In this instructable we'll build a terrific sounding tub bass that is highly suitable for studio recording and/or live performance. Build time is less than one hour using very simple tools and around $30 in materials. An optional contact microphone can be added to amplify the instrument.

On this step I've included some samples of the instrument in use. All three mp3s are the same snippet, recorded three different ways:

"tub_bass_mic" is an acoustic recording using a regular old microphone, as evidenced by the background noise and sounds of people walking around in my studio

"tub_bass_contact_mic" uses the contact microphone - squeaky clean and provides very different tone than a normal acoustic microphone

"tub_bass_mix_with_eq_and_reverb" - a mix of both mics with some EQ and reverb, this is probably how I would use it on a record


Step 1: Overview

The tub bass is a simple and venerable folk instrument that can be used to fill out the low end of many styles of music. There are two principle areas of basic tub bass design wherein one may encounter differences of opinion: the string material and the neck construction.

Our bass makes use of plastic-coated galvanized steel cable (a.k.a. plastic-coated aircraft cable) for the string - this will be nearly impossible to break and provides far superior tone and playability to parachute/nylon cable. The plastic coating allows you to play the string with bare hands.

Our neck is unattached and pivots on the rim of the tub. Notes are thus created by flexing the neck to change the amount of tension on the string. This makes for a more intuitive playing style than an instrument with a fixed neck and fret board, but it will take some practice for your muscles to learn how to hit and hold specific notes. A used-up wire spool acts as a slide-able capo, allowing us to play in different pitch ranges/keys.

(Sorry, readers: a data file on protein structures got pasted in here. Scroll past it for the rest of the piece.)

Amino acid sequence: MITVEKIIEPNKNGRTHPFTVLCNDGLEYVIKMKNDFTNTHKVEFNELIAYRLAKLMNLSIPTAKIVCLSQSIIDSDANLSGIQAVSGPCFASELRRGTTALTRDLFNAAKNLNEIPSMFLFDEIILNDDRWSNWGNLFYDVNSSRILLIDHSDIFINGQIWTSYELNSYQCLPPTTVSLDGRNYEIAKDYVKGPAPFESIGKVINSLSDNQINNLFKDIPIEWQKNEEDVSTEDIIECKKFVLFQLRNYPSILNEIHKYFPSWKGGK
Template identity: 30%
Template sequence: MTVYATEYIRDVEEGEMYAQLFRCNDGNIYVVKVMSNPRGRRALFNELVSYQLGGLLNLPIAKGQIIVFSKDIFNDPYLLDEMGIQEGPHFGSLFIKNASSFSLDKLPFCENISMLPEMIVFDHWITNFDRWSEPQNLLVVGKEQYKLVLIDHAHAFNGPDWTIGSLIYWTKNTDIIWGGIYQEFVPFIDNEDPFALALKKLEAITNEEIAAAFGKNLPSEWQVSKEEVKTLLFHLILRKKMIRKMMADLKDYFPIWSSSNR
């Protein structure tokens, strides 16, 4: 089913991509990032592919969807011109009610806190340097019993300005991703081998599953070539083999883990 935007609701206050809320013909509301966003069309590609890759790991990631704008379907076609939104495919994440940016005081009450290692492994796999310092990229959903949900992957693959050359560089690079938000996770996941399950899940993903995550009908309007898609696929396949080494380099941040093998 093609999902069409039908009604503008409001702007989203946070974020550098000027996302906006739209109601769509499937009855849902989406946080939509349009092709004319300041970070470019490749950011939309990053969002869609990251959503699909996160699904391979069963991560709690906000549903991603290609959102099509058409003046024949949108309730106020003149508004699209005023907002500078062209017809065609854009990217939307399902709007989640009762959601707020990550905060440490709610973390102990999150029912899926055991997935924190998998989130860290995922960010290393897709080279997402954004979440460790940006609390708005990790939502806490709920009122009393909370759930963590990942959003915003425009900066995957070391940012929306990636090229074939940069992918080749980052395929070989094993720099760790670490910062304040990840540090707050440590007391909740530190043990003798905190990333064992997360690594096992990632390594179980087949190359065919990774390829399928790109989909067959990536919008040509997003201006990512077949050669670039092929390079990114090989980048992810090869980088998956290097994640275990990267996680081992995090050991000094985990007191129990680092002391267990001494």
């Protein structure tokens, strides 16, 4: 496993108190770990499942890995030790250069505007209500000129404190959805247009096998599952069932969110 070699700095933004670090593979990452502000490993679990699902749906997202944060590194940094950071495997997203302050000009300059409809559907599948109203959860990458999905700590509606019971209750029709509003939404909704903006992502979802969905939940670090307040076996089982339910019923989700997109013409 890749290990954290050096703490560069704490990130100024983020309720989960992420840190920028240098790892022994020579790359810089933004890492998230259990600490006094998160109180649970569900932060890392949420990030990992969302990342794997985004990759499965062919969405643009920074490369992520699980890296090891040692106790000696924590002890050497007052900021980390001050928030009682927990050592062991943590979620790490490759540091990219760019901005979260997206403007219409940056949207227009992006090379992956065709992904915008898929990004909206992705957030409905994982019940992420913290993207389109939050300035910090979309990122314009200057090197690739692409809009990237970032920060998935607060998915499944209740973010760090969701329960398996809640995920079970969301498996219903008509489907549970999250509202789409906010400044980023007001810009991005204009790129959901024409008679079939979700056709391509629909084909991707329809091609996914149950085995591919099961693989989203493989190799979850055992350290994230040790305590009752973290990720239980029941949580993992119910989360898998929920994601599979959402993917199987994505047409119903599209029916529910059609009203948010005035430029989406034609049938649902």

Our instrument also adds an optional pickup for amplification in the form of a contact microphone. I made mine from scratch using the recipe from Nicolas Collins' excellent Handmade Electronic Music (essential reading for instrument makers/hackers), but readymade contact mics are also available on the cheap.

This is the same tub bass that is used by The Asker Brothers to achieve their signature thwonk-a-donk sound. Let's begin!
Ok , i built one of these in early 2000s and played one through many bluegrass festivals around West Virgina , problem number 1: notching a broom or mop handle always cracked or broke the handle , so i use a oak tomato pole and it has never cracked to this day, 2 : cotton clothes line gives a softer sound more of a bass purr as to a twang of steel cables or standup bass strings. 200 feet of cotton clothes line is a lot easier to find and thread without the use of a Dremel tool. I never needed the use of a capo , when all i did was twist the string around the neck, as far as the amplification went we took a standard microphone an put it under the tub ( mine was open, rather then enclosed) with a piece of carpet. The idea of instrument like this is simplicity , what the poor hill folk would have to make things like washtub basses , cigarbox banjos etc, complexity through simplicity.<br>Sorry no images at this time
PS if you also need percussion hinge a slapboard on the neck , and tap your foot
<p>To increase the sound quality you need an acou-stick. That is to say, put a stick under one edge to raise one side 1-2 inches. My dad plays washtub in a band and has tried many different strings and finds that sash cord gives the best sound and is not too hard on the hands. Try different cords to see what you like best.</p>
Hey what exactly is the purpose of the ferrules? Is there any equivalent that we could use? Making this for college project. Also, would guitar strings work as a replacement for the cable?